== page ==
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dc.contributor.authorMooney, T. Aran  Concept link
dc.contributor.authorLi, Songhai  Concept link
dc.contributor.authorKetten, Darlene R.  Concept link
dc.contributor.authorWang, Kexiong  Concept link
dc.contributor.authorWang, Ding  Concept link
dc.date.accessioned2014-04-01T15:40:44Z
dc.date.available2014-04-01T15:40:44Z
dc.date.issued2013-10-18
dc.identifier.citationJournal of Experimental Biology 217 (2014): 444-452en_US
dc.identifier.urihttps://hdl.handle.net/1912/6528
dc.description© The Author(s), 2013. This article is distributed under the terms of the Creative Commons Attribution License. The definitive version was published in Journal of Experimental Biology 217 (2014): 444-452, doi:10.1242/​jeb.093773.en_US
dc.description.abstractHow an animal receives sound may influence its use of sound. While ‘jaw hearing’ is well supported for odontocetes, work examining how sound is received across the head has been limited to a few representative species. The substantial variation in jaw and head morphology among odontocetes suggests variation in sound reception. Here, we address how a divergent subspecies, the Yangtze finless porpoise (Neophocaena asiaeorientalis asiaeorientalis) hears low-, mid- and high-frequency tones, as well as broadband clicks, comparing sounds presented at different locations across the head. Hearing was measured using auditory evoked potentials (AEPs). Click and tone stimuli (8, 54 and 120 kHz) were presented at nine locations on the head and body using a suction-cup transducer. Threshold differences were compared between frequencies and locations, and referenced to the underlying anatomy using computed tomography (CT) imaging of deceased animals of the same subspecies. The best hearing locations with minimum thresholds were found adjacent to a mandibular fat pad and overlaying the auditory bulla. Mean thresholds were not substantially different at locations from the rostrum tip to the ear (11.6 dB). This contrasts with tests with bottlenose dolphins and beluga whales, in which 30–40 dB threshold differences were found across the animals' heads. Response latencies increased with decreasing response amplitudes, which suggests that latency and sensitivity are interrelated when considering sound reception across the odontocete head. The results suggest that there are differences among odontocetes in the anatomy related to receiving sound, and porpoises may have relatively less acoustic ‘shadowing’.en_US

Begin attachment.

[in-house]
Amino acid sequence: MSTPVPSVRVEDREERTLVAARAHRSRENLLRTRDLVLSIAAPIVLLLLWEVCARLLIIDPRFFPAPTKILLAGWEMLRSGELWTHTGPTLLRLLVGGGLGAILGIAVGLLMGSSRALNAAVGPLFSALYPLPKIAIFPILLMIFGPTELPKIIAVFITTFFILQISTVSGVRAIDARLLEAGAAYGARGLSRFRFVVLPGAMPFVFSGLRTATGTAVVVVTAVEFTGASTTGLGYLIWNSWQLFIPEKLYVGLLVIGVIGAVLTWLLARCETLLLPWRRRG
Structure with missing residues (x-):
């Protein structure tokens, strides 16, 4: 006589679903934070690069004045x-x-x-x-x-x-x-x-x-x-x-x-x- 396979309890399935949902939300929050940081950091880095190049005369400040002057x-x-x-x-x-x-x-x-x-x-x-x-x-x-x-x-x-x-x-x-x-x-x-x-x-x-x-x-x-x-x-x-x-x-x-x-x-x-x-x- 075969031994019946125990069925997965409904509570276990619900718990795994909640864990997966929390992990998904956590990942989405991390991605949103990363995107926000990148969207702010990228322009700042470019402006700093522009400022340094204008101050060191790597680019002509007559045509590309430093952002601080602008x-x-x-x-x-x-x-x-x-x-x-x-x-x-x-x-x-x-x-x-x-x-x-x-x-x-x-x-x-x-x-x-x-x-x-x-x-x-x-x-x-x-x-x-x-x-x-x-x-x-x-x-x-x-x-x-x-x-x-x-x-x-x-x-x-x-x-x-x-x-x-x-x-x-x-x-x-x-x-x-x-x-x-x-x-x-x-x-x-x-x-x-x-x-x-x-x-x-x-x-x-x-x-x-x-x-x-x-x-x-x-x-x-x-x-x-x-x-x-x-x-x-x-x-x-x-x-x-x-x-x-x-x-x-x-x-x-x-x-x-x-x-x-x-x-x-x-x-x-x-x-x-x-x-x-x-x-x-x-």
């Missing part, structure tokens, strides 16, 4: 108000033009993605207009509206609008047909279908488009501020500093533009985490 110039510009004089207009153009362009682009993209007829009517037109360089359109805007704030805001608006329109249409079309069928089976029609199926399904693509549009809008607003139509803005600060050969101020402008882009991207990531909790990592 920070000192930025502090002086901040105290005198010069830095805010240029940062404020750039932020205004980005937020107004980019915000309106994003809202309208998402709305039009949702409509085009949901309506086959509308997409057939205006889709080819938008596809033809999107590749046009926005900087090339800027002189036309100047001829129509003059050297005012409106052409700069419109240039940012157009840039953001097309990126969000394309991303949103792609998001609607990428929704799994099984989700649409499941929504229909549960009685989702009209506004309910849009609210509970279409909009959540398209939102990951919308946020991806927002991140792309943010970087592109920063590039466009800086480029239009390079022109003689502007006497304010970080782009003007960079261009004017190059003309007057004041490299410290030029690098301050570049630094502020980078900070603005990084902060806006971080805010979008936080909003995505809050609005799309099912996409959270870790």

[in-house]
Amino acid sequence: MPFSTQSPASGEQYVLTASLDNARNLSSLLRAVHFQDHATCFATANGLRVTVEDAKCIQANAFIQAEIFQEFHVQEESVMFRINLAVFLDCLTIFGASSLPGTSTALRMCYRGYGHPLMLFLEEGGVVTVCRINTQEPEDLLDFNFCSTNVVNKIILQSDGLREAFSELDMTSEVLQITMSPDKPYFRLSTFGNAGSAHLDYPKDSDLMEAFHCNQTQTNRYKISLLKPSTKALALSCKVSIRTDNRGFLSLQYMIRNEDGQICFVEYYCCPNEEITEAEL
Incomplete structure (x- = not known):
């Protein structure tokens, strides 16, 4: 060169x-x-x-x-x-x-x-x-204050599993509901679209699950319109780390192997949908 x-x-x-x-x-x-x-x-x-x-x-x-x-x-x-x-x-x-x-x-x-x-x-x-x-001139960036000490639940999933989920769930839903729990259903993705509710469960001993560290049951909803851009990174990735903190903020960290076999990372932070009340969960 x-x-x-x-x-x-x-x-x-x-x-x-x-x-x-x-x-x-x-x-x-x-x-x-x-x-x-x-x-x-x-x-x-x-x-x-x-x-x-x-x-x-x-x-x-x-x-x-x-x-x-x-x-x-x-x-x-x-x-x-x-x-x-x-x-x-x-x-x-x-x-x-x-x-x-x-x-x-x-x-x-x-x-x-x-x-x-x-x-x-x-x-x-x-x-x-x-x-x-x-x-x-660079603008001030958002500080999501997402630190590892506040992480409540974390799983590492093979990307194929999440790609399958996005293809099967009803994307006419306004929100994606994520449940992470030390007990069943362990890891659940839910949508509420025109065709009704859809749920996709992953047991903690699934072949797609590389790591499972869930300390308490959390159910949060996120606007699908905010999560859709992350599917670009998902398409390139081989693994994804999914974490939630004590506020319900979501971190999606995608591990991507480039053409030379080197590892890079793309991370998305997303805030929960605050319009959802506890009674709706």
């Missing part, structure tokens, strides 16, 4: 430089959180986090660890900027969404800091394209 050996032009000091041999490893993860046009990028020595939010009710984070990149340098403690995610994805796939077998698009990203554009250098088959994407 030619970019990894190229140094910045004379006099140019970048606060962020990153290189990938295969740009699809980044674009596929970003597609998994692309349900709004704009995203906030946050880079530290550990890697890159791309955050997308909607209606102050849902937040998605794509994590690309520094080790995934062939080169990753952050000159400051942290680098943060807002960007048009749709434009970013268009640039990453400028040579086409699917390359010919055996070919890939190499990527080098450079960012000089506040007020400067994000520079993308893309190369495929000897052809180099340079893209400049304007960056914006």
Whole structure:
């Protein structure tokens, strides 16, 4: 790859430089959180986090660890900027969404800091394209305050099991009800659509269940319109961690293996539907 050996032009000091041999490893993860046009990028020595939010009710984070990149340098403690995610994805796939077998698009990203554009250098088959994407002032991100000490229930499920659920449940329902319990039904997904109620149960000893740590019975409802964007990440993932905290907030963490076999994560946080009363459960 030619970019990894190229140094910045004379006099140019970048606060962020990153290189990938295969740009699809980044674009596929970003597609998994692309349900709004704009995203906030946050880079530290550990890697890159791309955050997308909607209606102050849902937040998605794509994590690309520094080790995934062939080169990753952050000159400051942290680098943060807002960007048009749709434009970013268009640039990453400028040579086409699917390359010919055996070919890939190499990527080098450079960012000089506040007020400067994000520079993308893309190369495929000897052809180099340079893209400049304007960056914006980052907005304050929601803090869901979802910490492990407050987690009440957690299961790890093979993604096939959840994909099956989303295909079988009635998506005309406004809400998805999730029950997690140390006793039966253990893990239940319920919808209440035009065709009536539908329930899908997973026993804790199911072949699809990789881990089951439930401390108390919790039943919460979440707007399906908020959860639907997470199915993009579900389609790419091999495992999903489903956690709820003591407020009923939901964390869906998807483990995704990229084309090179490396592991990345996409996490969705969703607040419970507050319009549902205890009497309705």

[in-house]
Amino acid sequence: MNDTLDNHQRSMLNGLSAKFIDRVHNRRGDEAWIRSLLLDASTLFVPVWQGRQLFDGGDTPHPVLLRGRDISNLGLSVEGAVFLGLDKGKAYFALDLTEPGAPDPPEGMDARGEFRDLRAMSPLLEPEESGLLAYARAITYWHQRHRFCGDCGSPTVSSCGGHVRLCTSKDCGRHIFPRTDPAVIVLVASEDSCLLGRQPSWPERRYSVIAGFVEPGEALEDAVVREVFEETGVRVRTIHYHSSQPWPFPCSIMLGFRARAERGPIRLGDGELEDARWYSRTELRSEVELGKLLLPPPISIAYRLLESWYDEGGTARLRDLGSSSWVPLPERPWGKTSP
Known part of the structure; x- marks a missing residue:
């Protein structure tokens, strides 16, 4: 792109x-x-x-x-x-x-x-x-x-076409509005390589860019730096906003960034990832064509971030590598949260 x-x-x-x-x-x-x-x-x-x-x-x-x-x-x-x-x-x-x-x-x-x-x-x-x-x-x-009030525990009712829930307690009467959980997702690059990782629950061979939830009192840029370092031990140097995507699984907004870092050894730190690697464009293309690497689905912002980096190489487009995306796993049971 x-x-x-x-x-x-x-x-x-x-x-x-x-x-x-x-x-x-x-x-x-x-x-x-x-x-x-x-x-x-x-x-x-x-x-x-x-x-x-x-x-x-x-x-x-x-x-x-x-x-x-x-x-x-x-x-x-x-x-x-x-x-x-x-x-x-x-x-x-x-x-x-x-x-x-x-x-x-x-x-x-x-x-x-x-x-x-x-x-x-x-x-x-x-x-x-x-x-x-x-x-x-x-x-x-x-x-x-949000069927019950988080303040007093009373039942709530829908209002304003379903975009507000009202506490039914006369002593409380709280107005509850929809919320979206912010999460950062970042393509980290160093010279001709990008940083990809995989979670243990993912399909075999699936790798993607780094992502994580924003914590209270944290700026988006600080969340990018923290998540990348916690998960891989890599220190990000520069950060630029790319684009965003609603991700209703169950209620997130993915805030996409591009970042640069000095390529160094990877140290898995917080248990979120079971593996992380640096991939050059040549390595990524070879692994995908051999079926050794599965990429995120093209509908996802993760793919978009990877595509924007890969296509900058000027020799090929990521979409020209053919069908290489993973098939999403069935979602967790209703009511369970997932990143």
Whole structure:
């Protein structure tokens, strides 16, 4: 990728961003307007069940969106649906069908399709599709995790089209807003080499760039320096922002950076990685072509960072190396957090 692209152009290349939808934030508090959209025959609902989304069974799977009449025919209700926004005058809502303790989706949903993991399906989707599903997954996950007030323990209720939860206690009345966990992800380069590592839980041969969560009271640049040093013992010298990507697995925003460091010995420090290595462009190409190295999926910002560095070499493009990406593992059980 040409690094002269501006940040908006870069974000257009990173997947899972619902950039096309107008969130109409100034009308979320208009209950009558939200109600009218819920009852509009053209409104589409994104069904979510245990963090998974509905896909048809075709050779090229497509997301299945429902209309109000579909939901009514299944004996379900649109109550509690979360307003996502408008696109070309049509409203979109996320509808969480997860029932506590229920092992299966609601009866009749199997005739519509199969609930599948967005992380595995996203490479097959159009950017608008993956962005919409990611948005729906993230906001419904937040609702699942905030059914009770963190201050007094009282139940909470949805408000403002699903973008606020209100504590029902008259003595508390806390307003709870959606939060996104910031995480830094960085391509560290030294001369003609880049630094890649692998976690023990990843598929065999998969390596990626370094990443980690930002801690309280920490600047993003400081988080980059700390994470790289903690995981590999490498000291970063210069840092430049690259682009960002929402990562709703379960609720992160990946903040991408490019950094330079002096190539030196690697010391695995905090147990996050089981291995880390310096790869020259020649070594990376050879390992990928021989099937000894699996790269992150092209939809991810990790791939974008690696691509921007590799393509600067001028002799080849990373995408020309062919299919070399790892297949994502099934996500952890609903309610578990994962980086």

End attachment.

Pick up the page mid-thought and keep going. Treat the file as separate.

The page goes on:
dc.description.sponsorshipThe work was funded by the Office of Naval Research, a Mellon Joint Initiatives Award, the Knowledge Innovation Program of Chinese Academy of Sciences [grant no. KSCX2-EW-Z-4] and the National Natural Science Foundation of China [grant no. 31170501].en_US
dc.format.mimetypeapplication/pdf
dc.language.isoen_USen_US
dc.publisherCompany of Biologistsen_US
dc.relation.urihttps://doi.org/10.1242/​jeb.093773
dc.rightsAttribution 3.0 Unported*
dc.rights.urihttp://creativecommons.org/licenses/by/3.0/
dc.subjectSensoryen_US
dc.subjectAuditory brainstem responseen_US
dc.subjectNoiseen_US
dc.subjectMarine mammalen_US
dc.subjectOdontoceteen_US
dc.subjectCommunicationen_US
dc.titleHearing pathways in the Yangtze finless porpoise, Neophocaena asiaeorientalis asiaeorientalisen_US
dc.typeArticleen_US
dc.identifier.doi10.1242/​jeb.093773


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Attribution 3.0 Unported
Except where otherwise noted, this item's license is described as Attribution 3.0 Unported